Wednesday, August 27, 2008

The Mountains and Valleys of Leadership

In a recent blog post, I discussed the implications of the mountain and valley that CHRISTUS Health experienced recently with regard to the separation of conjoined twins at CHRISTUS Santa Rosa Children’s Hospital and the heparin incident in our NICU at CHRISTUS Spohn South. In that post, I talked about the leadership requirements necessary to travel over mountains and into valleys.

The importance of this discussion was indeed re-emphasized to me on my visit to our Texarkana region recently. At our Touchstone awards in 2006, we presented a Leadership award to the Texarkana team because they had reached all their excellence goals for several years and had demonstrated that they knew how to sustain excellence in all four of our directions on our Journey to Excellence. (This was the first and only time we have presented this award to a team of regional leaders.) The Senior Leadership Team at CHRISTUS talked about them frequently, indicating that by improving clinical quality and service delivery while maintaining a strong emphasis on community value, they had proven that they could create business literacy throughout their region. We even said they had “cracked the code,” and we published several papers based on their performance.

However, as they moved through FY07, they had some major challenges, particularly with their business literacy, and therefore lost focus on their clinical and service measurements, causing their metrics to decrease. This obviously caused us to pause and ask the question, “Did they really deserve the Leadership award in 2006?” Did we think they had some of the right qualities for being an outstanding leadership team, but in fact were they missing some of the more important ingredients which we failed to notice?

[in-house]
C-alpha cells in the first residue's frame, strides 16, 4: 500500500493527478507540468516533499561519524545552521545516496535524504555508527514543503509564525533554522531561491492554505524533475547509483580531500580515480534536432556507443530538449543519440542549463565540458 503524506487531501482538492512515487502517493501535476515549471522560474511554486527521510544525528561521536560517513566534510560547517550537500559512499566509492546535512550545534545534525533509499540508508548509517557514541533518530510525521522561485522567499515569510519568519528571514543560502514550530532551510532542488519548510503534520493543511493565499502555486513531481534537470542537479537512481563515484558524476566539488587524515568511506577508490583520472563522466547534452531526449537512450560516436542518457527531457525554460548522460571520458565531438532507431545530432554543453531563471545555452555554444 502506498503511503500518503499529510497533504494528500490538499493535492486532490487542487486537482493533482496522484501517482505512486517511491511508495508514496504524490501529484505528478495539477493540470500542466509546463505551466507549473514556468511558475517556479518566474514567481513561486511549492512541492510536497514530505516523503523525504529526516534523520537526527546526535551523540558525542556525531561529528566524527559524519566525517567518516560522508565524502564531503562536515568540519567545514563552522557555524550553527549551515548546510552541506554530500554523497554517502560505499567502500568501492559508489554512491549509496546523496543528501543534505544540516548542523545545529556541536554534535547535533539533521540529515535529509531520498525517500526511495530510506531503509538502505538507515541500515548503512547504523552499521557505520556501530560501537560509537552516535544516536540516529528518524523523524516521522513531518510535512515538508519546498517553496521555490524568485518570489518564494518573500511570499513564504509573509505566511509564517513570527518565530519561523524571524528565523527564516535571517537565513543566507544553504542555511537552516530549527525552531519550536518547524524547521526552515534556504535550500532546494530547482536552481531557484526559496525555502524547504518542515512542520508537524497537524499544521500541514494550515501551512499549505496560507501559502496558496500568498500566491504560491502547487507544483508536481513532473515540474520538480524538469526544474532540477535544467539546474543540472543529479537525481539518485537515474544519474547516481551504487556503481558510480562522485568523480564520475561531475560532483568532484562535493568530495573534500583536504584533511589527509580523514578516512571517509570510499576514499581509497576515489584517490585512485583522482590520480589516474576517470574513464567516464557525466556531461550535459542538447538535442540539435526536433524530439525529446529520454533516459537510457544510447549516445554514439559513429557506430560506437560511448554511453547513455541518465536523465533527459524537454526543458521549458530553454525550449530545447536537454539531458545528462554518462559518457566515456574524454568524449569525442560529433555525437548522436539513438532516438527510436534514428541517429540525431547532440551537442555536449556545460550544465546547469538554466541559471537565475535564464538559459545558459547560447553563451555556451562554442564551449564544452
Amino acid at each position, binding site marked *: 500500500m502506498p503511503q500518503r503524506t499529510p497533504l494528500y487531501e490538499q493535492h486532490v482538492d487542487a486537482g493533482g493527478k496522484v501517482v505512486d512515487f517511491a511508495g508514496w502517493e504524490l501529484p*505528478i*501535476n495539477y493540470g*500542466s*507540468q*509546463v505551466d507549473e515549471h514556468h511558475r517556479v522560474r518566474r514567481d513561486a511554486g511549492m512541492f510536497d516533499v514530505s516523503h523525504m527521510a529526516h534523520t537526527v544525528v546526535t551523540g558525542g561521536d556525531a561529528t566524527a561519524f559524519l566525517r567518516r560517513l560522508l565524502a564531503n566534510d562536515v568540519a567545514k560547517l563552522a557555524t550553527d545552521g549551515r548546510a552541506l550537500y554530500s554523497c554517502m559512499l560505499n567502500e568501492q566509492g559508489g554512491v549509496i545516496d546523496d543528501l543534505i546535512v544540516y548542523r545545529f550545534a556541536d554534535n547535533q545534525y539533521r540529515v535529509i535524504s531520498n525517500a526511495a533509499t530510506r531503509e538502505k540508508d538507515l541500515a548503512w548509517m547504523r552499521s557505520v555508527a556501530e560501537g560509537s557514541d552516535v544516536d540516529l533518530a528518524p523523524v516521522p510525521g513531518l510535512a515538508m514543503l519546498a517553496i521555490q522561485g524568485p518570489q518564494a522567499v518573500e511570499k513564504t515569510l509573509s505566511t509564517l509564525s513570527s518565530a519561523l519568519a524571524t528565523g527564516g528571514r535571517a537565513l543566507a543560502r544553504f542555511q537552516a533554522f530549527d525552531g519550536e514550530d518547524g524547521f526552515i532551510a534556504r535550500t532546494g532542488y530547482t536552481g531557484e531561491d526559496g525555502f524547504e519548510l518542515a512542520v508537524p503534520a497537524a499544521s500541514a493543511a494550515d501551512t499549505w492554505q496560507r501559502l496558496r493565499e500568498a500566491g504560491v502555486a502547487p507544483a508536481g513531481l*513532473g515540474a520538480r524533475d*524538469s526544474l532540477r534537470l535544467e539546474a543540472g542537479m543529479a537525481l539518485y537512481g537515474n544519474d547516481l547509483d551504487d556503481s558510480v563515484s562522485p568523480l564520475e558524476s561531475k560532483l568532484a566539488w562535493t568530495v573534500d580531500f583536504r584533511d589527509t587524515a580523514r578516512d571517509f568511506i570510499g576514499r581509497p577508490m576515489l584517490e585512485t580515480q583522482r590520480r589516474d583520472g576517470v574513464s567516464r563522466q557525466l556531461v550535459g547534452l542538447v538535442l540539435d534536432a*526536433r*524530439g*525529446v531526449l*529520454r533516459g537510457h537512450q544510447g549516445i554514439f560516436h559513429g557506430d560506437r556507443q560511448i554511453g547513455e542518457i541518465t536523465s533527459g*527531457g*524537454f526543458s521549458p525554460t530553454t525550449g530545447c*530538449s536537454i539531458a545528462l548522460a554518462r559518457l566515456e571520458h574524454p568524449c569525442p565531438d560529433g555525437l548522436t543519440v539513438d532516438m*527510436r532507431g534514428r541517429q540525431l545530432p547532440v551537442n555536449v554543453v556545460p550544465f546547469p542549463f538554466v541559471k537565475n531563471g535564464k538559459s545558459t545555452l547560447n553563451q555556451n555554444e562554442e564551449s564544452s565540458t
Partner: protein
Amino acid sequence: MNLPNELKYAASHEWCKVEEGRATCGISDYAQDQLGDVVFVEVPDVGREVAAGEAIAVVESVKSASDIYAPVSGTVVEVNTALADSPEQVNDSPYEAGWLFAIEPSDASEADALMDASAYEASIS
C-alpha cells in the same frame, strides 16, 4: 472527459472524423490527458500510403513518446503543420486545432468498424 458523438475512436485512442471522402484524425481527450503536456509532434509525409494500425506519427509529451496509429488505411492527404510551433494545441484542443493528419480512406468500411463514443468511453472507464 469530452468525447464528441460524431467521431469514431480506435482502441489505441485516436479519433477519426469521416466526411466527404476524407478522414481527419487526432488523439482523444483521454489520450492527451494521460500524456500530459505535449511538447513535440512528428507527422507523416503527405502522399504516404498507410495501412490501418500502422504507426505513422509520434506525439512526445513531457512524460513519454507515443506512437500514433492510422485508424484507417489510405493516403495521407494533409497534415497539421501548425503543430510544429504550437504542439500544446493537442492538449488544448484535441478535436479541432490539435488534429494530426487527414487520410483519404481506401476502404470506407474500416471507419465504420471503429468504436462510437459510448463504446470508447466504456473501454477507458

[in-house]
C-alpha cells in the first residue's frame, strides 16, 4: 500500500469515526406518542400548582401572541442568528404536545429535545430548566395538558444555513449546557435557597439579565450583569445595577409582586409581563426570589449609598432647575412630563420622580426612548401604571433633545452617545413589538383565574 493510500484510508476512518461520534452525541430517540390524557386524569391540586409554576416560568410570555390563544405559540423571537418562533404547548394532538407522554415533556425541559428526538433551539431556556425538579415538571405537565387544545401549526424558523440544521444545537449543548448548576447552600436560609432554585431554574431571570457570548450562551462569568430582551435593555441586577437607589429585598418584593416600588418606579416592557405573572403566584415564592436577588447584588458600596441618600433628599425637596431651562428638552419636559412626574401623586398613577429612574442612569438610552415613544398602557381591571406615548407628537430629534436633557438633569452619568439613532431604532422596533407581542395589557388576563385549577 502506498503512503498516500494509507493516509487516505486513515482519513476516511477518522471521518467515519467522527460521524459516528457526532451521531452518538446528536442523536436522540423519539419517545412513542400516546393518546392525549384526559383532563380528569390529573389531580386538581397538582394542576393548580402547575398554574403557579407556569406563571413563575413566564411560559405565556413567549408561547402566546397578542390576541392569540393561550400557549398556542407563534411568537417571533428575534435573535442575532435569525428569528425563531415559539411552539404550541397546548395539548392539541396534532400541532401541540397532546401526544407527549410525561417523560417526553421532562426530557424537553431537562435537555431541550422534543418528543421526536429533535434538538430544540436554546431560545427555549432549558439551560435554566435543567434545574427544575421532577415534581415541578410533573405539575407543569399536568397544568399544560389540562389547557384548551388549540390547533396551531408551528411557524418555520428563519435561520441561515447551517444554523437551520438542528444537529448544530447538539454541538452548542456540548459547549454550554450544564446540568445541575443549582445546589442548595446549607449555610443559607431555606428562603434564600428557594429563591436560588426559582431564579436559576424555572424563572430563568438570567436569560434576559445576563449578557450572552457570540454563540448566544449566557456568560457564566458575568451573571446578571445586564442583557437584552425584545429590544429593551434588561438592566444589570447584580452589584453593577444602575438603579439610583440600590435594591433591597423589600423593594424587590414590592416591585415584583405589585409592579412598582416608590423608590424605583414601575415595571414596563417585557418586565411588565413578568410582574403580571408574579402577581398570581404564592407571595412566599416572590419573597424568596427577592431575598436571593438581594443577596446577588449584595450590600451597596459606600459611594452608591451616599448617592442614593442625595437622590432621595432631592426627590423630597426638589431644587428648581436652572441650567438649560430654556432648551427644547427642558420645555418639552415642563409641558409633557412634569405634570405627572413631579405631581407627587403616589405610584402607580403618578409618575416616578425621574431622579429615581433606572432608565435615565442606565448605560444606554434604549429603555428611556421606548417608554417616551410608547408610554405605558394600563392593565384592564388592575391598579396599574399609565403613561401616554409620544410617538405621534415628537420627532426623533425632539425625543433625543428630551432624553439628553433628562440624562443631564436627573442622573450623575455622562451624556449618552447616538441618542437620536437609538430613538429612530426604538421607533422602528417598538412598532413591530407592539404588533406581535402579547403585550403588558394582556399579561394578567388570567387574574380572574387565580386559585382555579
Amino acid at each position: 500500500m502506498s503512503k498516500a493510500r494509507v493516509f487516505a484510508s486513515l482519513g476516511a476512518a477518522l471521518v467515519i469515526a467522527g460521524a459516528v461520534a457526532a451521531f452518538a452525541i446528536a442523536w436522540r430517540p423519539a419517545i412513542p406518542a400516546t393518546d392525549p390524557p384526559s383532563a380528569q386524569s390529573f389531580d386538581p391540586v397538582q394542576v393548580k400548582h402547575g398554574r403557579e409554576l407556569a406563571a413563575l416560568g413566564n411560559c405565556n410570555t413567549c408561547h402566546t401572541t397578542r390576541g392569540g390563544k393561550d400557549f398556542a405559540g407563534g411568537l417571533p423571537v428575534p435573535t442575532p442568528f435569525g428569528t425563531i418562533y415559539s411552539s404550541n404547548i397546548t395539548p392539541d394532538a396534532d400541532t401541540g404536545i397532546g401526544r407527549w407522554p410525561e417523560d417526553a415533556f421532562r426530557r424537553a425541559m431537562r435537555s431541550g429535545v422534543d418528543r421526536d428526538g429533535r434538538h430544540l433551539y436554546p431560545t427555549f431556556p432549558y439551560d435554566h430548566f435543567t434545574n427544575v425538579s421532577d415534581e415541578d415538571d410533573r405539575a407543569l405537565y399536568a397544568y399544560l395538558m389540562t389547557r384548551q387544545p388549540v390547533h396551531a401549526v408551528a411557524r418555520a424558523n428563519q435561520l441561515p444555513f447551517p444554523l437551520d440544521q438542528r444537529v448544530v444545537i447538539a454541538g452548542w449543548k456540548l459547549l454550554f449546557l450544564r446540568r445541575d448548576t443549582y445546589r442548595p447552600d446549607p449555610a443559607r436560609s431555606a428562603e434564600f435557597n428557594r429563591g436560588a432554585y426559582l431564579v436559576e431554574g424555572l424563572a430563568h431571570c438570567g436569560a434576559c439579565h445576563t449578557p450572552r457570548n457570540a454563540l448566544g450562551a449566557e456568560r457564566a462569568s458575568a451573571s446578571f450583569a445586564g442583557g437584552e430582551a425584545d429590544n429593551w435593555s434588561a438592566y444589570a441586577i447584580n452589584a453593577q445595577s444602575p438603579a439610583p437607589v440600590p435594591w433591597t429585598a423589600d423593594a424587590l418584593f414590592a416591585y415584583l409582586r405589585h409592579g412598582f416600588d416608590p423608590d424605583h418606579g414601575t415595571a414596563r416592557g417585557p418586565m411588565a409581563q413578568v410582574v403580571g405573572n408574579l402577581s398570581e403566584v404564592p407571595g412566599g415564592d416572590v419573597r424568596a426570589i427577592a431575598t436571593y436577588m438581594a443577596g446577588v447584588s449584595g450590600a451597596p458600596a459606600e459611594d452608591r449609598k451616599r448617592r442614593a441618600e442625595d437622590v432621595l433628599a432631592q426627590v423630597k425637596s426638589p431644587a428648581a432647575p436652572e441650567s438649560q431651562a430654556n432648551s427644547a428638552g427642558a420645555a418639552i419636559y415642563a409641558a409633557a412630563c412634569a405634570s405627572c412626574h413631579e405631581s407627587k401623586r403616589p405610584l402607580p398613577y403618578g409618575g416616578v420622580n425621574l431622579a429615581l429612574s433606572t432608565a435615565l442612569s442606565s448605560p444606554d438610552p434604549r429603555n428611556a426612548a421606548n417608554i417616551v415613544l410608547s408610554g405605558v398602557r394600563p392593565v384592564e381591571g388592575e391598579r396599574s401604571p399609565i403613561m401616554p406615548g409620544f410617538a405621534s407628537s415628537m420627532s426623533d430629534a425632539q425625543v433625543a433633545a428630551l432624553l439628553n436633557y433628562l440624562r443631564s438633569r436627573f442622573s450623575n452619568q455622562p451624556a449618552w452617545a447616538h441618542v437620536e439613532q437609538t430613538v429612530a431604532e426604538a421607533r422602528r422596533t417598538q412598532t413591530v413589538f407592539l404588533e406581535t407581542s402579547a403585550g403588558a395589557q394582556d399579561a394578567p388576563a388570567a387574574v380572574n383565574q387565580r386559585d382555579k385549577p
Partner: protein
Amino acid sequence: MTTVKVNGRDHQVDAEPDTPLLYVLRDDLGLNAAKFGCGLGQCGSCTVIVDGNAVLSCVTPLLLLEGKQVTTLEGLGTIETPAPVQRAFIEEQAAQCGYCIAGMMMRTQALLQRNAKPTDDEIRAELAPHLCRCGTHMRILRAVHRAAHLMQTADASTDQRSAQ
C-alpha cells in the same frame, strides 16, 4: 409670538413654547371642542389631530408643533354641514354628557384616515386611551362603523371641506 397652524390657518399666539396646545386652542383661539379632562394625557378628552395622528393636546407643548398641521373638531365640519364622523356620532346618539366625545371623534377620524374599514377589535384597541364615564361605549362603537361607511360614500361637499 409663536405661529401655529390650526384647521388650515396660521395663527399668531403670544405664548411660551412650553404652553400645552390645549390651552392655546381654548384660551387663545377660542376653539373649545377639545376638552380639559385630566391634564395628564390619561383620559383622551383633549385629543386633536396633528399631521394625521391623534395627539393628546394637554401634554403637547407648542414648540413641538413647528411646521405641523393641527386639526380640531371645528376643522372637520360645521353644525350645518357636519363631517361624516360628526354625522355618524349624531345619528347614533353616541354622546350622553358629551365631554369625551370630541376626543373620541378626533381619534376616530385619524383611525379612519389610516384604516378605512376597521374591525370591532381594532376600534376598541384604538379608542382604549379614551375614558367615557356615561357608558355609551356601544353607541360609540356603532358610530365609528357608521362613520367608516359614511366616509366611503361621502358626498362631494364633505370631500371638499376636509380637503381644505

These questions deserved and have received much reflection, because we as the Senior Leadership Team, the coaches and mentors of these regional leaders and many of the future leaders of CHRISTUS Health, must make sure that we are teaching the right leadership competencies to be successful not only today, but long into the future.

When I visited this region recently and specifically spoke about their successes in FY08, it was clear to us all that we had made the right decision in giving them the first and only Leadership award, because as a result of their outcome metrics in 2008, they are now once again the best region of the 13 in CHRISTUS with regard to our directions to excellence. They have demonstrated that an excellent team is able to reach the mountaintop, but can, if faced with a perfect storm, find themselves in a valley. When they find themselves in this valley, they can quickly reenergize themselves, develop and implement corrective action plans and move forward out of the valley to the mountaintop once again.

This team has demonstrated the resilience, the optimism, the strong integrated teamwork and the intense focus that is required to journey from the valley to the mountaintop once again. These are necessary in addition to the traditional competencies of financial knowledge, conflict management, strategic planning and others which are essential to be designated as an excellent team. These are the qualities that must be learned by all present and future leaders in health care both in the U.S. and internationally. These are the qualities that must be taught in our Masters of Health Care Administration programs and must be role modeled and be re-emphasized throughout CHRISTUS, including through our mentoring programs. These qualities need to be identified in the applicants for our management excellence and leadership academy trainees as we prepare the future leaders to succeed us in this future health system.

In summary, we were right. The Texarkana team had those qualities and deserved the Leadership award. And more importantly, they never lost those qualities when they found themselves in the valley.

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